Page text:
The new Center will house staff offices as well as space for the URI Student Veterans Organization. The Center will be open Monday through Friday, from 8:30 a.m. to 4:30 p.m.

Outreach for Aviation Hall of Fame Relatives Bears Fruit

In my August 22 column, I asked readers for help identifying living descendants of several potential honorees of the Rhode Island Aviation Hall of Fame (RIAHOF). Over the years, RIAHOF has identified a number of war heroes whose gallantry and/or military aviation service fully merits recognition by the Hall of Fame. However, the recognition of a number of these veterans has been deferred because no living relatives have been identified to accept the awards.

More than a dozen readers responded, some with useful tips and others with new nominations to the Hall of Fame.

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Bonnie Wade Mucia is a professional genealogist now living in South Carolina, but she was born and raised in Woonsocket. “A friend of mine tagged me on Facebook and that’s how I heard of your article,” Bonnie emailed. “She knew that I could help…so I reached out to you.”

Bonnie has an uncanny ability to find living people. Within two weeks she had tracked down a living descendant of all five candidates in the column. “I love this kind of work,” she told me.

Golf Tournament Raises Money for Operation Stand Down

On Saturday, Sept. 10, about 60 golfers participated in a charity golf tournament held at Pinecrest Golf Club in Carolina, R.I., to benefit Operation Stand Down Rhode Island (OSDRI). This was the seventh such event sponsored by the Southeastern New England chapter of the Military Officers Association of America (MOAA).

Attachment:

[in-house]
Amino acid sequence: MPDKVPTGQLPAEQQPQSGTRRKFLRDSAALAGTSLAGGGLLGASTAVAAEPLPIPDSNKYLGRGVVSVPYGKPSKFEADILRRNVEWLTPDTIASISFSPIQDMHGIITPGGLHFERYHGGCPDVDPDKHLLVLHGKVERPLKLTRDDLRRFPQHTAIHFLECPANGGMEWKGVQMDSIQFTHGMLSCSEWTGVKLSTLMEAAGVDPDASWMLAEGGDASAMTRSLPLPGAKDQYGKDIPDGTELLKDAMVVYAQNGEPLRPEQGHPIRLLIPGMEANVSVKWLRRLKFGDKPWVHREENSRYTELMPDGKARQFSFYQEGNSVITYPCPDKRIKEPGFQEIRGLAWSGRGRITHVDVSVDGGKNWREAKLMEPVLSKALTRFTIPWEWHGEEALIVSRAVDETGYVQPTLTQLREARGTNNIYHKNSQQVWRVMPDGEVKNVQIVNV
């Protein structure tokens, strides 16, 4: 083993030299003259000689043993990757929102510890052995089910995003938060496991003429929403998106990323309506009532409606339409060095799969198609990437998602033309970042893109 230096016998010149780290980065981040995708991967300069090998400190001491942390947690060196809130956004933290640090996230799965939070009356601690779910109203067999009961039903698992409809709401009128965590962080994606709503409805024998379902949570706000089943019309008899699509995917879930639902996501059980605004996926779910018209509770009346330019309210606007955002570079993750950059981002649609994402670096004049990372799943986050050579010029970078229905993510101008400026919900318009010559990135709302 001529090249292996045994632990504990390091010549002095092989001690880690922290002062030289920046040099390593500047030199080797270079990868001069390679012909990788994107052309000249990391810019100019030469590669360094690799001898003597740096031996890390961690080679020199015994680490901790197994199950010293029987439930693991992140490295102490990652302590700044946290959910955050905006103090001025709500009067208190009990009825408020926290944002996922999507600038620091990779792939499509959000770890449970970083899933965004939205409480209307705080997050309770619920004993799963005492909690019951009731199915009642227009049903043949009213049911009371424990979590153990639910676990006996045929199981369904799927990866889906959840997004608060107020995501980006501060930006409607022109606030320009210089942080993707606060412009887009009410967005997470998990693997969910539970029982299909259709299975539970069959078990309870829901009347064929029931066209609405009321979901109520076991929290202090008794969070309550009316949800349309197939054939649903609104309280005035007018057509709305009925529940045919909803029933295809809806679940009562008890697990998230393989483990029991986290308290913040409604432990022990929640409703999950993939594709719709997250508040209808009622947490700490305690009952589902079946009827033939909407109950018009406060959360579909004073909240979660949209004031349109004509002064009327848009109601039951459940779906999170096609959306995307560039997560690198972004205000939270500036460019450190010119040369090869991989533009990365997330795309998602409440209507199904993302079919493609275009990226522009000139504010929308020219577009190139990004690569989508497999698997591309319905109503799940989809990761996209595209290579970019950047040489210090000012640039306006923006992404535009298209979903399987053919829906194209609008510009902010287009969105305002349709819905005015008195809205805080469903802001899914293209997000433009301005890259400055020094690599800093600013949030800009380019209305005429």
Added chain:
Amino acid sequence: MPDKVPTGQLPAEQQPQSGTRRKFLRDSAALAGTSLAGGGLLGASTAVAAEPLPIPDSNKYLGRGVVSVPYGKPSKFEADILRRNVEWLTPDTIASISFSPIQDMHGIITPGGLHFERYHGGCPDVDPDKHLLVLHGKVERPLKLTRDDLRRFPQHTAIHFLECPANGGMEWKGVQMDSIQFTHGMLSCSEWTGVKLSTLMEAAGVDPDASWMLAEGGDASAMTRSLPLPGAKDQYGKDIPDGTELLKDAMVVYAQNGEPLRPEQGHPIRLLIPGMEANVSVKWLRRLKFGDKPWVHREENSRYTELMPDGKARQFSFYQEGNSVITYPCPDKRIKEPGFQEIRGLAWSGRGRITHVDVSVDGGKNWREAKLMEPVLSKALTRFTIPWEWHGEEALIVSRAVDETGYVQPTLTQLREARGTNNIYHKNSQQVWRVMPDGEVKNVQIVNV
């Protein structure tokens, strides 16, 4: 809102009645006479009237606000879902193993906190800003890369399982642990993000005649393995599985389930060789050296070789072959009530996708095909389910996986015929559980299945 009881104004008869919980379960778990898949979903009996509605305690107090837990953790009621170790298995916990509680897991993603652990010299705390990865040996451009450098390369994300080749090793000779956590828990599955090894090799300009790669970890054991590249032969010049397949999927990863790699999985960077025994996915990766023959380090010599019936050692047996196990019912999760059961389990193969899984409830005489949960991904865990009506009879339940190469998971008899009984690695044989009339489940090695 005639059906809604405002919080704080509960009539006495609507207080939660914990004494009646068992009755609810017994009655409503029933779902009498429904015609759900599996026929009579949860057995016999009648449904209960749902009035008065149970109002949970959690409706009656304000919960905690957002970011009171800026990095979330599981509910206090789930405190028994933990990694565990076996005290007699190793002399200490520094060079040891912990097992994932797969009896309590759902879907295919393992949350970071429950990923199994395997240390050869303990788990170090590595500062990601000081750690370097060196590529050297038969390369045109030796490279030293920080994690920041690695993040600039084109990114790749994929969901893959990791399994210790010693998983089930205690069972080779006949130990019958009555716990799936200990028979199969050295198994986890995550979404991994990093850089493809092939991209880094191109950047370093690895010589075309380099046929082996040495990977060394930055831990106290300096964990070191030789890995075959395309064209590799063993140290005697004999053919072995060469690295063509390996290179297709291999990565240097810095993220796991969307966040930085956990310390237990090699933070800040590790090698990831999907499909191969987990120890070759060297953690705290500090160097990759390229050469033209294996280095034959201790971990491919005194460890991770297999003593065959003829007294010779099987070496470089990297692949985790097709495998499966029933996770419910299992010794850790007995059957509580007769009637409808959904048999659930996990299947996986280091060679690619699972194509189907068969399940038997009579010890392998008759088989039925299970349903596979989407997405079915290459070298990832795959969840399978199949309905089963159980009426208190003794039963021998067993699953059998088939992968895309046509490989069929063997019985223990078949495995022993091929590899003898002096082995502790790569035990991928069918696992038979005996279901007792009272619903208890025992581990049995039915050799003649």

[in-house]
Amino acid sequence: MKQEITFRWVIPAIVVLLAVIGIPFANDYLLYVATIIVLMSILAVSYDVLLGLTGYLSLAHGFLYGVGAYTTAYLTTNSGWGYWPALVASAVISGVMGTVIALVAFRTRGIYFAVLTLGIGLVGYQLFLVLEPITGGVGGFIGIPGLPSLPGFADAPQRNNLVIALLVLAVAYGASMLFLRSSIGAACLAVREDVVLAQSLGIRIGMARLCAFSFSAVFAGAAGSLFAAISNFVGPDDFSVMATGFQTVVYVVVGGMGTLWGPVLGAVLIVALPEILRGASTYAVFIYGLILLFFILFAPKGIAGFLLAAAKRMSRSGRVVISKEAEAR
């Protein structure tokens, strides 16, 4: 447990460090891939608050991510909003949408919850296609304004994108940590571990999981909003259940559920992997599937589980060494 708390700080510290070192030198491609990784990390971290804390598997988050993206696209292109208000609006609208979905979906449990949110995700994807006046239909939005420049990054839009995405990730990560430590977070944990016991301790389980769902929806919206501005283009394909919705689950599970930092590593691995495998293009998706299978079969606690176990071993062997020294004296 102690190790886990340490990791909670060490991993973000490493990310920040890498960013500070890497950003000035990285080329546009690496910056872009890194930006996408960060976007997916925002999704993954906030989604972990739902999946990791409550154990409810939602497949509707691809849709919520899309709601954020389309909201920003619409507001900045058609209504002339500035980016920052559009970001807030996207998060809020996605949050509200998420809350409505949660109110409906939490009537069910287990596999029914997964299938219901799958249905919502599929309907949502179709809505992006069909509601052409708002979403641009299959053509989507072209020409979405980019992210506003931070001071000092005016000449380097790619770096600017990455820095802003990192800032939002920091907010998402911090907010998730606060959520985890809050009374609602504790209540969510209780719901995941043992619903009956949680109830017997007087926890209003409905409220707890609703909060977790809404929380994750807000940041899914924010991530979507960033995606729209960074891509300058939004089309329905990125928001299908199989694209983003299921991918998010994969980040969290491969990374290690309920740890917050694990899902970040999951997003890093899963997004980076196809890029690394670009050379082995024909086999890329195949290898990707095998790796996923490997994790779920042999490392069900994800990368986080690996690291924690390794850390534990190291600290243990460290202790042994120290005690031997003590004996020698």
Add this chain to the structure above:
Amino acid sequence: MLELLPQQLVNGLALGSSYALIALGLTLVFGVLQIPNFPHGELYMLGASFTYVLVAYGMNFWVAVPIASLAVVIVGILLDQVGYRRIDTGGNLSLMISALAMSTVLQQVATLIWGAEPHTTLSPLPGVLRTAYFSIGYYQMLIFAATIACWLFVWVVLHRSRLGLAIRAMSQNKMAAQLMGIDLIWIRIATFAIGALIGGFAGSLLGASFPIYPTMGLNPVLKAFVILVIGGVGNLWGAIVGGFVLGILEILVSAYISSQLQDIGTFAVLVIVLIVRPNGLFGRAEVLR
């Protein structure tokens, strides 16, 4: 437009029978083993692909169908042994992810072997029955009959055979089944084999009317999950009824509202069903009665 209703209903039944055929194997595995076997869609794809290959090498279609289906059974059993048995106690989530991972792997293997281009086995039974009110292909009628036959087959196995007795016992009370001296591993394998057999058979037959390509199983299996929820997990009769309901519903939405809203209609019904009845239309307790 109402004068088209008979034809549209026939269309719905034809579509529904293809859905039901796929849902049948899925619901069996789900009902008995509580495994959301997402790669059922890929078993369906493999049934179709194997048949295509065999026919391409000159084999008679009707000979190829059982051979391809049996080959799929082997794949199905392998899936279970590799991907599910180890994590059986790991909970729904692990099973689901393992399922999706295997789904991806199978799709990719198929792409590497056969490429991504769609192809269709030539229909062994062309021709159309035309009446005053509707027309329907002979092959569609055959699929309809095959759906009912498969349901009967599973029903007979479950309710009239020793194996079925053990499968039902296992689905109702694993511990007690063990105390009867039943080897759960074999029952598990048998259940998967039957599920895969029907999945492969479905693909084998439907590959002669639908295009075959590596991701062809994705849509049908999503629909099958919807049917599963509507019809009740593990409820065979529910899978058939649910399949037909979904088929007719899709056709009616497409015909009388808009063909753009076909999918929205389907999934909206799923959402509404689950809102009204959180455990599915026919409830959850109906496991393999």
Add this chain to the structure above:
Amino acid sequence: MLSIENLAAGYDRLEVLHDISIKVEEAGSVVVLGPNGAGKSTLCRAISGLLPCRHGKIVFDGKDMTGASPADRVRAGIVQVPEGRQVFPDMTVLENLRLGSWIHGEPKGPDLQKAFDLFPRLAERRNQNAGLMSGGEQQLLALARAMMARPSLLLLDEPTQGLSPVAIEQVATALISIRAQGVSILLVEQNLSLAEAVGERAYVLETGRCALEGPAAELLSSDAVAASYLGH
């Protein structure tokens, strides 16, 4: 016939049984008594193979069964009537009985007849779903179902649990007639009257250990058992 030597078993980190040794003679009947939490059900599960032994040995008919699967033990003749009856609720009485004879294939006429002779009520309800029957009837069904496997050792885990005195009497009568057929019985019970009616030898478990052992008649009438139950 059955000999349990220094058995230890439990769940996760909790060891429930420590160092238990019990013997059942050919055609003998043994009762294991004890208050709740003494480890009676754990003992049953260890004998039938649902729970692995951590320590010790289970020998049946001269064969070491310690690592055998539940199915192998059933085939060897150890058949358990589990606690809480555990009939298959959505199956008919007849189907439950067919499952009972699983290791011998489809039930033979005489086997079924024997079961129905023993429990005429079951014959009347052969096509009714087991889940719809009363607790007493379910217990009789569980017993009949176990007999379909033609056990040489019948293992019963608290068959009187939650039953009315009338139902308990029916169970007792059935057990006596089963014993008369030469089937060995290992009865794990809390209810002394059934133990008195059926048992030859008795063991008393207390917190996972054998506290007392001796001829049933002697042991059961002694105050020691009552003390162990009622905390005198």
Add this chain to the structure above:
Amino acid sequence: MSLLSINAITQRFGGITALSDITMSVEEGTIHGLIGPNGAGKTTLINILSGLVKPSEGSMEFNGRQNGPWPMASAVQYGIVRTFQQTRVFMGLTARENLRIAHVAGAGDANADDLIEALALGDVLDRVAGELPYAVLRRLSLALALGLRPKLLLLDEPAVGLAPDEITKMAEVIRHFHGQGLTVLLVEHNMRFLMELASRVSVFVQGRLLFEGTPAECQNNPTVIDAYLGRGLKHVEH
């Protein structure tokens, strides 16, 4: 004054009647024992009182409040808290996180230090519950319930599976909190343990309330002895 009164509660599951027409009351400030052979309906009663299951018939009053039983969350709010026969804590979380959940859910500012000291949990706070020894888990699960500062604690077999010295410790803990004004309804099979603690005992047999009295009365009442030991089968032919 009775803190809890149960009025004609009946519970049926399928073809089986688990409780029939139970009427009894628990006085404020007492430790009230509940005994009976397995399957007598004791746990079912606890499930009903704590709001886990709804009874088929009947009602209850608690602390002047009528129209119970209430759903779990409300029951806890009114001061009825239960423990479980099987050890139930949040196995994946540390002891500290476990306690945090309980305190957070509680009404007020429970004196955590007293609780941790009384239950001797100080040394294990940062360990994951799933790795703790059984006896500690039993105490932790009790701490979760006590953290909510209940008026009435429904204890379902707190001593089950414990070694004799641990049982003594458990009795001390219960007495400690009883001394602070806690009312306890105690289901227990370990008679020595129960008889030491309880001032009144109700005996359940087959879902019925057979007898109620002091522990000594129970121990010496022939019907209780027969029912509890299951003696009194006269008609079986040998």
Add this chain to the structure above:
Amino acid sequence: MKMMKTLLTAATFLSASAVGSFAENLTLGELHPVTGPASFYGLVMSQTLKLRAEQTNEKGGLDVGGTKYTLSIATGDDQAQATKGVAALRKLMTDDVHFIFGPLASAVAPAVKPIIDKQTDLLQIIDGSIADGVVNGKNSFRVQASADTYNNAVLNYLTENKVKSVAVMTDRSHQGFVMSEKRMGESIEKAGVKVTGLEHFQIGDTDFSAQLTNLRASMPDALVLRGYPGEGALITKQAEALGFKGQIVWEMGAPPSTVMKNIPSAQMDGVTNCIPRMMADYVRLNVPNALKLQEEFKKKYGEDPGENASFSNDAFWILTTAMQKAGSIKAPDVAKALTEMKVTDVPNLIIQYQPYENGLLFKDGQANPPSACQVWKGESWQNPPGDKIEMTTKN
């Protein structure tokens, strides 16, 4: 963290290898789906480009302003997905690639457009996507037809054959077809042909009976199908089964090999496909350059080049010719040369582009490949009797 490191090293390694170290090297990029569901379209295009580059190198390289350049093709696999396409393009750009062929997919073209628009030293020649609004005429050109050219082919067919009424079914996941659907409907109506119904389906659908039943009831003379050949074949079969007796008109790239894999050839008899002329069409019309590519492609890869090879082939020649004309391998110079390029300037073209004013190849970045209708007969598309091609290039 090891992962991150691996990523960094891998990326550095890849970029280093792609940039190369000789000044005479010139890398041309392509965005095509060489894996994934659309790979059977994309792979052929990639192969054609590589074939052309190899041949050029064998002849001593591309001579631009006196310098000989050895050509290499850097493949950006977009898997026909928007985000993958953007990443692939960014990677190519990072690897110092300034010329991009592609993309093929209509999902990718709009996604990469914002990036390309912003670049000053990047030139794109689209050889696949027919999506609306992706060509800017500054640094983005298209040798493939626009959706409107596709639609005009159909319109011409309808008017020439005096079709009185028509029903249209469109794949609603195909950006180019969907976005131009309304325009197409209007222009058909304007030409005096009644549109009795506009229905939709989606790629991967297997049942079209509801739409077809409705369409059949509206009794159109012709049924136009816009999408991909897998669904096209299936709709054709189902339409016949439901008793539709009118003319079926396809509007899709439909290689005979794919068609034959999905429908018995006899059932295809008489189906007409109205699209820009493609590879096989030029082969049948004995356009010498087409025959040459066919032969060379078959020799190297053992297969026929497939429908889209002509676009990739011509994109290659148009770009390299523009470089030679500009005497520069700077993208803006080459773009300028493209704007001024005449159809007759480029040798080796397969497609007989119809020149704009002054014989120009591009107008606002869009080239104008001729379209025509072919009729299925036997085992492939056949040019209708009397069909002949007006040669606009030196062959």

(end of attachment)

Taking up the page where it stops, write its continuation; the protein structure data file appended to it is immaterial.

“A spectacular sunny day resulted in a great golf experience for all the participants,” said Albert Ferri, president of the chapter, who expected net proceeds of the day to be about $12,000. Over the years, this group has raised more than $60,000 to benefit homeless veterans.

MOAA is a non-profit service organization supporting all active and retired veterans of all the military uniformed services and their families and survivors.

Filing a Claim for Toxic Exposure
Under the PACT Act

On Aug. 10, President Biden signed the Sergeant First Class Heath Robinson Honoring our Promise to Address Comprehensive Toxics Act — more simply called the PACT Act. The new act expands VA health care and benefits for Veterans exposed to burn pits and other toxic substances.

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To see a complete list of the new presumptive conditions and presumptive exposure service locations, visit www.va.gov/resources/the-pact-act-and-your-va-benefits/